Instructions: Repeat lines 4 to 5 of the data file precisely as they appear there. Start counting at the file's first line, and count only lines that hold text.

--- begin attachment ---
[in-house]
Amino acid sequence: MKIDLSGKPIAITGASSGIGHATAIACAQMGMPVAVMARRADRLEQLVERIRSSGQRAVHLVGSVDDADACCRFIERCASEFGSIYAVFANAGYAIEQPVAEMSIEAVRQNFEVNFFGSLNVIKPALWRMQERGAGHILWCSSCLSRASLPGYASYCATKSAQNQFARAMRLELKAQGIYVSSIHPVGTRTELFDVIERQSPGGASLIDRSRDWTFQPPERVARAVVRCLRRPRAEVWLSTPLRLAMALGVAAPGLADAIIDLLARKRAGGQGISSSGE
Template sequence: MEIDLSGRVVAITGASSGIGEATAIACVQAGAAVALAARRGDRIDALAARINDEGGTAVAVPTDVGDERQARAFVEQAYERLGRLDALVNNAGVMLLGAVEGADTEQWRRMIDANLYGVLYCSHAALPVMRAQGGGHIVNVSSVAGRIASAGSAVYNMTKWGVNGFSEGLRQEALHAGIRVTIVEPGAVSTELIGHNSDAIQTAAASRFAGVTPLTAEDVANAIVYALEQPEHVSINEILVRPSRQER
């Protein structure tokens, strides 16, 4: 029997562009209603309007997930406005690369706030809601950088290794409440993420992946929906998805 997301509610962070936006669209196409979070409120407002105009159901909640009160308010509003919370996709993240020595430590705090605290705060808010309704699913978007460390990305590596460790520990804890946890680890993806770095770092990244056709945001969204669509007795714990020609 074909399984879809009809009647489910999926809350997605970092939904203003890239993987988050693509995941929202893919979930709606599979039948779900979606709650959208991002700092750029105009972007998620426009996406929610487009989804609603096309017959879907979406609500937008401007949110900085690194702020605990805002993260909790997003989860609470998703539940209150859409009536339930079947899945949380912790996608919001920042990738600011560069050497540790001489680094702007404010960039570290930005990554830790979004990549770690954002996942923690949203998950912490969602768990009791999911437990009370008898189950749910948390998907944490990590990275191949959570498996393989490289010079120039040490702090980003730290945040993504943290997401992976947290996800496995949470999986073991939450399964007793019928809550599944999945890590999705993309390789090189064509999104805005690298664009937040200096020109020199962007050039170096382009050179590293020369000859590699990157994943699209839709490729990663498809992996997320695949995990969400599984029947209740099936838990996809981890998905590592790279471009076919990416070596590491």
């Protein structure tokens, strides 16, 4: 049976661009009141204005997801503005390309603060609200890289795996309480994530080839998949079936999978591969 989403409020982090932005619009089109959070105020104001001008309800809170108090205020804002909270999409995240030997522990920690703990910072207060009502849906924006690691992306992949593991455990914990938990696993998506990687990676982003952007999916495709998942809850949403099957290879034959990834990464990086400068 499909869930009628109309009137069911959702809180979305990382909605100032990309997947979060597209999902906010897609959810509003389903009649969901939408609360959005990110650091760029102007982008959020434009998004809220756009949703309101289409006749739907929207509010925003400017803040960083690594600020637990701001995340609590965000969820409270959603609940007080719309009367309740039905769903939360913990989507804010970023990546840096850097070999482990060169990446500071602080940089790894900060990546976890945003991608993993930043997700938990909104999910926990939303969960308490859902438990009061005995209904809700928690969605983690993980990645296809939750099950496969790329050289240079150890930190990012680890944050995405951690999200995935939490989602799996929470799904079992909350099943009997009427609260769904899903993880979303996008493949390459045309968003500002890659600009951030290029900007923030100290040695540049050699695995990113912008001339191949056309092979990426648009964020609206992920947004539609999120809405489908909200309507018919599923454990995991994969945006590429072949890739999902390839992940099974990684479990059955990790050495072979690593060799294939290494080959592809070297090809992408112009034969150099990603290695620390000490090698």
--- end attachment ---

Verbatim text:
């Protein structure tokens, strides 16, 4: 029997562009209603309007997930406005690369706030809601950088290794409440993420992946929906998805 997301509610962070936006669209196409979070409120407002105009159901909640009160308010509003919370996709993240020595430590705090605290705060808010309704699913978007460390990305590596460790520990804890946890680890993806770095770092990244056709945001969204669509007795714990020609 074909399984879809009809009647489910999926809350997605970092939904203003890239993987988050693509995941929202893919979930709606599979039948779900979606709650959208991002700092750029105009972007998620426009996406929610487009989804609603096309017959879907979406609500937008401007949110900085690194702020605990805002993260909790997003989860609470998703539940209150859409009536339930079947899945949380912790996608919001920042990738600011560069050497540790001489680094702007404010960039570290930005990554830790979004990549770690954002996942923690949203998950912490969602768990009791999911437990009370008898189950749910948390998907944490990590990275191949959570498996393989490289010079120039040490702090980003730290945040993504943290997401992976947290996800496995949470999986073991939450399964007793019928809550599944999945890590999705993309390789090189064509999104805005690298664009937040200096020109020199962007050039170096382009050179590293020369000859590699990157994943699209839709490729990663498809992996997320695949995990969400599984029947209740099936838990996809981890998905590592790279471009076919990416070596590491």
């Protein structure tokens, strides 16, 4: 049976661009009141204005997801503005390309603060609200890289795996309480994530080839998949079936999978591969 989403409020982090932005619009089109959070105020104001001008309800809170108090205020804002909270999409995240030997522990920690703990910072207060009502849906924006690691992306992949593991455990914990938990696993998506990687990676982003952007999916495709998942809850949403099957290879034959990834990464990086400068 499909869930009628109309009137069911959702809180979305990382909605100032990309997947979060597209999902906010897609959810509003389903009649969901939408609360959005990110650091760029102007982008959020434009998004809220756009949703309101289409006749739907929207509010925003400017803040960083690594600020637990701001995340609590965000969820409270959603609940007080719309009367309740039905769903939360913990989507804010970023990546840096850097070999482990060169990446500071602080940089790894900060990546976890945003991608993993930043997700938990909104999910926990939303969960308490859902438990009061005995209904809700928690969605983690993980990645296809939750099950496969790329050289240079150890930190990012680890944050995405951690999200995935939490989602799996929470799904079992909350099943009997009427609260769904899903993880979303996008493949390459045309968003500002890659600009951030290029900007923030100290040695540049050699695995990113912008001339191949056309092979990426648009964020609206992920947004539609999120809405489908909200309507018919599923454990995991994969945006590429072949890739999902390839992940099974990684479990059955990790050495072979690593060799294939290494080959592809070297090809992408112009034969150099990603290695620390000490090698």